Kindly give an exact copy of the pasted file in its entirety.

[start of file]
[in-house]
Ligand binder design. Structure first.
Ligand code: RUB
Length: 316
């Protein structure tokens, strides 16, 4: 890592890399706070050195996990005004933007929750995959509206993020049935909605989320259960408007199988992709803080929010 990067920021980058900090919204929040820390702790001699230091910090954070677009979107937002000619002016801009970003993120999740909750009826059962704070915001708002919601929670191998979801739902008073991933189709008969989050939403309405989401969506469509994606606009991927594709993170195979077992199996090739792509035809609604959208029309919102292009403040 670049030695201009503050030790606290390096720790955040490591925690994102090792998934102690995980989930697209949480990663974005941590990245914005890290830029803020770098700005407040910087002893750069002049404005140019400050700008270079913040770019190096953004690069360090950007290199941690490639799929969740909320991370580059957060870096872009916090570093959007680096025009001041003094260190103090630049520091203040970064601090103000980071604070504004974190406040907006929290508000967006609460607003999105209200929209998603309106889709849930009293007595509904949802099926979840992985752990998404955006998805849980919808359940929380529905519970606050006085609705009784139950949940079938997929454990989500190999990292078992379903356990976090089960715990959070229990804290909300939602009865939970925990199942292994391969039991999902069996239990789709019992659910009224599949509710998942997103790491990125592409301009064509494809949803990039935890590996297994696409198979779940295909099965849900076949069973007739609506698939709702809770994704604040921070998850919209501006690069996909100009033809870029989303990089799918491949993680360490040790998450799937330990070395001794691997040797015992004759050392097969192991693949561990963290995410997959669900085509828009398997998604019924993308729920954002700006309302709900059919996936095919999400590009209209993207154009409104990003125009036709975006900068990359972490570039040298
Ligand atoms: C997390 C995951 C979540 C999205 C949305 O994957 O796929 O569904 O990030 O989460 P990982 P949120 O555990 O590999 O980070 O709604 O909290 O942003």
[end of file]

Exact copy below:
[in-house]
Ligand binder design. Structure first.
Ligand code: RUB
Length: 316
């Protein structure tokens, strides 16, 4: 890592890399706070050195996990005004933007929750995959509206993020049935909605989320259960408007199988992709803080929010 990067920021980058900090919204929040820390702790001699230091910090954070677009979107937002000619002016801009970003993120999740909750009826059962704070915001708002919601929670191998979801739902008073991933189709008969989050939403309405989401969506469509994606606009991927594709993170195979077992199996090739792509035809609604959208029309919102292009403040 670049030695201009503050030790606290390096720790955040490591925690994102090792998934102690995980989930697209949480990663974005941590990245914005890290830029803020770098700005407040910087002893750069002049404005140019400050700008270079913040770019190096953004690069360090950007290199941690490639799929969740909320991370580059957060870096872009916090570093959007680096025009001041003094260190103090630049520091203040970064601090103000980071604070504004974190406040907006929290508000967006609460607003999105209200929209998603309106889709849930009293007595509904949802099926979840992985752990998404955006998805849980919808359940929380529905519970606050006085609705009784139950949940079938997929454990989500190999990292078992379903356990976090089960715990959070229990804290909300939602009865939970925990199942292994391969039991999902069996239990789709019992659910009224599949509710998942997103790491990125592409301009064509494809949803990039935890590996297994696409198979779940295909099965849900076949069973007739609506698939709702809770994704604040921070998850919209501006690069996909100009033809870029989303990089799918491949993680360490040790998450799937330990070395001794691997040797015992004759050392097969192991693949561990963290995410997959669900085509828009398997998604019924993308729920954002700006309302709900059919996936095919999400590009209209993207154009409104990003125009036709975006900068990359972490570039040298
Ligand atoms: C997390 C995951 C979540 C999205 C949305 O994957 O796929 O569904 O990030 O989460 P990982 P949120 O555990 O590999 O980070 O709604 O909290 O942003």